Campbell Soup's Plan to Save Itself
In May, Campbell Soup Inc. (NYSE: CPB) CEO Denise Morrison unexpectedly resigned and the company announced that it had begun a full-scale operational review of its businesses. Interim CEO Keith McLoughlin announced the first results of that review Thursday morning when the company also reported fourth-quarter and fiscal year 2018 results.
Campbell’s results were less than spectacular. Excluding recent acquisitions, the company’s net sales fell 3% for the quarter and 2% for the year. Adjusted fourth-quarter earnings per share (EPS) fell 52%, from $0.52 to $0.25, and full-year EPS fell 6%.
McLoughlin drew the obvious conclusion:
Fiscal 2018 was a challenging year for Campbell. These results and our outlook for fiscal 2019 reinforce the need for the significant actions we announced this morning as part of our comprehensive, Board-led strategy and portfolio review. We believe these actions will put us on a path to create sustainable shareholder value.
The results of that review include divesting the Campbell International and Campbell Fresh businesses and using the cash generated from the sales to pay down debt.
Campbell International consists of Arnott’s and the Kelsen Group, along with the company’s manufacturing operations in Indonesia and Malaysia and its businesses in Hong Kong and Japan. Campbell Fresh includes Bolthouse Farms, Garden Fresh Gourmet and the company’s refrigerated soup business. The two businesses generated $2.1 billion in fiscal year 2018 sales.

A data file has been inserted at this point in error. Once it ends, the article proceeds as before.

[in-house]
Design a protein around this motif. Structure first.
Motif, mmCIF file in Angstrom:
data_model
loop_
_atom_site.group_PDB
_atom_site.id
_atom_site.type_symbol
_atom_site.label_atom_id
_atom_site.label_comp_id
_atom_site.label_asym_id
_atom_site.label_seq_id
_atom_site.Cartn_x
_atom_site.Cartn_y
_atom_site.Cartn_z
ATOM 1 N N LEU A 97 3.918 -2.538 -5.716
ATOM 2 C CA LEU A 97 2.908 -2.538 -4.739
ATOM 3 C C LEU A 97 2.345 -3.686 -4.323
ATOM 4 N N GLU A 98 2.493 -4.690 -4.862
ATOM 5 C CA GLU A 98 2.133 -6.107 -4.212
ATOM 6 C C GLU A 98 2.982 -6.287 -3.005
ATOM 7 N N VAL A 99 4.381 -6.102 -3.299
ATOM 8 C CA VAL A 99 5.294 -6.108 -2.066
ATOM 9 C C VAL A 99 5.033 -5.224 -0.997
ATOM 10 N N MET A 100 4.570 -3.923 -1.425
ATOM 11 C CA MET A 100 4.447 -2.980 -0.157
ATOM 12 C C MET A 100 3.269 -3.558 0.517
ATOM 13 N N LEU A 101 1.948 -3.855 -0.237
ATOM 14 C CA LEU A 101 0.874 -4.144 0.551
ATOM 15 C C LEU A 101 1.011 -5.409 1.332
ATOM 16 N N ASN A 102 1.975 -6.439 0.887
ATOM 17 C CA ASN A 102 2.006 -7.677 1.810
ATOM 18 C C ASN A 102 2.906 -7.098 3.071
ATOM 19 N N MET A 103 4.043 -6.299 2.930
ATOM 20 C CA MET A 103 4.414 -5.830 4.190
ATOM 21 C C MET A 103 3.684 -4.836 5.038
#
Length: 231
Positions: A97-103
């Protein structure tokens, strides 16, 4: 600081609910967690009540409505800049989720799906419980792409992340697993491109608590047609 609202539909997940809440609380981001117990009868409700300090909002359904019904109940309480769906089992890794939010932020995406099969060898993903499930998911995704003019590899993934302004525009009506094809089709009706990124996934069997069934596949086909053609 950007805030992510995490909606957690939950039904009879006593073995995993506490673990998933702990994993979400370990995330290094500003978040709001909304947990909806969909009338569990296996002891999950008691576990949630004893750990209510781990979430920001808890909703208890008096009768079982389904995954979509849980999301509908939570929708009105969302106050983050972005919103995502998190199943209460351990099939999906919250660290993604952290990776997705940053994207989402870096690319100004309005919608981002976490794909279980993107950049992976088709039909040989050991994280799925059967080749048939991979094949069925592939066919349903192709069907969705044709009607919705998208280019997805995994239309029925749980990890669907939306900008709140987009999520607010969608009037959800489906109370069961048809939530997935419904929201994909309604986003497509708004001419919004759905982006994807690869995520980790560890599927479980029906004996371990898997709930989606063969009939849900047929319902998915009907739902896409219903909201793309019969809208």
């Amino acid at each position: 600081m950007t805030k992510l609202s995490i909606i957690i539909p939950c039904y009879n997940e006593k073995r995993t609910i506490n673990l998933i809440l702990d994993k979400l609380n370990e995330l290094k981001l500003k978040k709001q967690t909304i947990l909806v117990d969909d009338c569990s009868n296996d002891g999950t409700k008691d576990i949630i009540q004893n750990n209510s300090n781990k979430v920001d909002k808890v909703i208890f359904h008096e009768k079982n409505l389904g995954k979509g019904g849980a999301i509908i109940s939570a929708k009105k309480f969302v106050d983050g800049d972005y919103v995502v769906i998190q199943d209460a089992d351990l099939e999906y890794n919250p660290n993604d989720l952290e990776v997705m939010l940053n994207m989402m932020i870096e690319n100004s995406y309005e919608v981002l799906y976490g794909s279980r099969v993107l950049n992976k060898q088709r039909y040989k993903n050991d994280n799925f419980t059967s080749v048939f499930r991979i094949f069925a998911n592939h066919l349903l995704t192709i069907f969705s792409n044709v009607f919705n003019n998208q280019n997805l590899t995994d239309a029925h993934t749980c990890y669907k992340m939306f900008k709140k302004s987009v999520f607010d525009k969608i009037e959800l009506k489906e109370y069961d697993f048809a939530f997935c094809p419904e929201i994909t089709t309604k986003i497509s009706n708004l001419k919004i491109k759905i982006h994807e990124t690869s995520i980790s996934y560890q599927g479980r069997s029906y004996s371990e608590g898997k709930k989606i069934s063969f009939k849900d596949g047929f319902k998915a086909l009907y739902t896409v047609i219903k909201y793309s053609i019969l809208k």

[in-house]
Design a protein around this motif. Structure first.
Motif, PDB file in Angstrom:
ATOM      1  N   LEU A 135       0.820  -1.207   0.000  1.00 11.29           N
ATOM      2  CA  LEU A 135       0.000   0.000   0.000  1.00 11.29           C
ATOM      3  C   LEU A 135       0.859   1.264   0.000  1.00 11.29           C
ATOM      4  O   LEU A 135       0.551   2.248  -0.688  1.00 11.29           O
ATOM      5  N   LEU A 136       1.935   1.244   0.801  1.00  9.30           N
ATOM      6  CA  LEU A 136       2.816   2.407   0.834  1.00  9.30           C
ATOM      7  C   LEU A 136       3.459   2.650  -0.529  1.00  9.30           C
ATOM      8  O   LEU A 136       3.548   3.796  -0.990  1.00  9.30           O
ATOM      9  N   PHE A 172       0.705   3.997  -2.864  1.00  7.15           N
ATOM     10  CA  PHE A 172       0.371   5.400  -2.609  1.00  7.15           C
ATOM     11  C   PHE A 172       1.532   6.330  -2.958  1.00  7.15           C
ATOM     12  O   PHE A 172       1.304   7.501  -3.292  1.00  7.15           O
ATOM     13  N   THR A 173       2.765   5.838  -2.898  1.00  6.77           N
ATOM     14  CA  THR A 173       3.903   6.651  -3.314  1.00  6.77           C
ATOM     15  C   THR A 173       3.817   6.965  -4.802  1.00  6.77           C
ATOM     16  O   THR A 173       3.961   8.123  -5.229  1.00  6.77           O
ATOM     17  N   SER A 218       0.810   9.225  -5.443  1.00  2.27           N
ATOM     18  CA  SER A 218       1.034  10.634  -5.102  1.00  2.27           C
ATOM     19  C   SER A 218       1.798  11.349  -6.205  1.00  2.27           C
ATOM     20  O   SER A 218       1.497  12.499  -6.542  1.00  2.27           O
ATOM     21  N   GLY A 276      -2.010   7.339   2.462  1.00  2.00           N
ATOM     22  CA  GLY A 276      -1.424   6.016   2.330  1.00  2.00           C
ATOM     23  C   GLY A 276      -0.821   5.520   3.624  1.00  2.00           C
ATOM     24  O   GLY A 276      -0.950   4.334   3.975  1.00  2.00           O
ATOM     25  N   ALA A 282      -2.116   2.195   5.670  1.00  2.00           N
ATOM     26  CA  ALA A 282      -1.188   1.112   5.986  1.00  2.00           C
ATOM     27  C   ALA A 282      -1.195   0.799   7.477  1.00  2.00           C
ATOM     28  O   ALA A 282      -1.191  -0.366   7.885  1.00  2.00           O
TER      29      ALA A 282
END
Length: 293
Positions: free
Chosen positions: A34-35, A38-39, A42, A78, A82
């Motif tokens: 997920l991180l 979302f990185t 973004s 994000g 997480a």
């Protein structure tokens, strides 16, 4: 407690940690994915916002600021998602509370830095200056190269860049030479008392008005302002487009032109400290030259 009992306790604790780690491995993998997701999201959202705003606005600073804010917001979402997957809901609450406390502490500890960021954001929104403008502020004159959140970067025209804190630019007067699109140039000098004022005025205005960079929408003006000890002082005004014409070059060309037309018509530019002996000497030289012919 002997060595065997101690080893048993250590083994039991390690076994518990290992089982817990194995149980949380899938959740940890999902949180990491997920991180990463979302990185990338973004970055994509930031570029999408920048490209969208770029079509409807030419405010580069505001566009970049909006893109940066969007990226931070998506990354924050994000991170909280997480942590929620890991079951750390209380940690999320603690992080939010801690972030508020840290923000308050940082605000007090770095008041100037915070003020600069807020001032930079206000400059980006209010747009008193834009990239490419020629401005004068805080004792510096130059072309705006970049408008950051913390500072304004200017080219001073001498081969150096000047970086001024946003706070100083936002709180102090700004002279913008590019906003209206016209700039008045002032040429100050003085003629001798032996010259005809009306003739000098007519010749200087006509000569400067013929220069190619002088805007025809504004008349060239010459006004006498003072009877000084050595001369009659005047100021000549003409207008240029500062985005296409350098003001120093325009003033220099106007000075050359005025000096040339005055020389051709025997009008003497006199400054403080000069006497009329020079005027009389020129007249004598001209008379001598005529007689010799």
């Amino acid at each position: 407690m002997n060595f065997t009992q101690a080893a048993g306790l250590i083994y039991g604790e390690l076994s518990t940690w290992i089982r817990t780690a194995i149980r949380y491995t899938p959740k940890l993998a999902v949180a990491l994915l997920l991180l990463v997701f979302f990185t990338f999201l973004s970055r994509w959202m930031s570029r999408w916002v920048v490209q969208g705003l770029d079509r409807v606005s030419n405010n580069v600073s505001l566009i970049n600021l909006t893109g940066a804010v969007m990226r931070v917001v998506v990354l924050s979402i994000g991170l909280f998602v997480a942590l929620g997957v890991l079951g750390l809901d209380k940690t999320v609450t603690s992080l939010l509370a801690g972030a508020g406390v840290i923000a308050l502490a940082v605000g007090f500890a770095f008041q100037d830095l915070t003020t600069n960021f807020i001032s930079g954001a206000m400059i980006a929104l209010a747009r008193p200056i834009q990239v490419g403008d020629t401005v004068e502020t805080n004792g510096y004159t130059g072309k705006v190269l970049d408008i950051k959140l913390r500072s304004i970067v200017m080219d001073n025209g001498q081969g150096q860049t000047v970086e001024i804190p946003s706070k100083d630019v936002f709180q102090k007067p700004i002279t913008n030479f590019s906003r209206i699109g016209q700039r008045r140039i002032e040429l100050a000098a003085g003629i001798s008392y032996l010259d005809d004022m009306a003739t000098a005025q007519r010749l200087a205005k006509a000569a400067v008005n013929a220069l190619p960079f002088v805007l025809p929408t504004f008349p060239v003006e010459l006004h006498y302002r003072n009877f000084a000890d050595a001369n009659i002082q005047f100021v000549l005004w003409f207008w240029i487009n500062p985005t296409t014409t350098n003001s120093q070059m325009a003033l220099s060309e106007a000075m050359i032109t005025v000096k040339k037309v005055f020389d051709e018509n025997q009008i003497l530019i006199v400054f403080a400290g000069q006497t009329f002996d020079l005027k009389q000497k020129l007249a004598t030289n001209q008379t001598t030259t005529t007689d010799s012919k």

The company plans to focus on its packaged food businesses in North America and expects to save $150 million in costs by streamlining its organizational structure, expanding its zero-based budgeting efforts and continuing to optimize its manufacturing network (that last sounds like plant closings). Added to cost-saving programs already underway, Campbell expects targeted savings of $945 million by the end of fiscal year 2022.
That’s four years away. Campbell noted that the target savings along with organic net sales growth of 1% to 2%, adjusted EBIT growth of 4% to 6%, and adjusted EPS growth of 7% to 9% “reflect expectations beyond fiscal 2019 and assume the completion” of the divestitures announced today.
That’s not good enough for some investors. Dan Loeb’s Third Point, which owns about 5.65% of the company’s outstanding stock, has already said that the only “justifiable” outcome of Campbell’s review should be the sale of the company to a “strategic buyer.”
Campbell’s stock traded down about 1.2% in Thursday’s premarket, at $39.50 in a 52-week range of $32.63 to $51.07. The consensus price target on the stock is $36.92.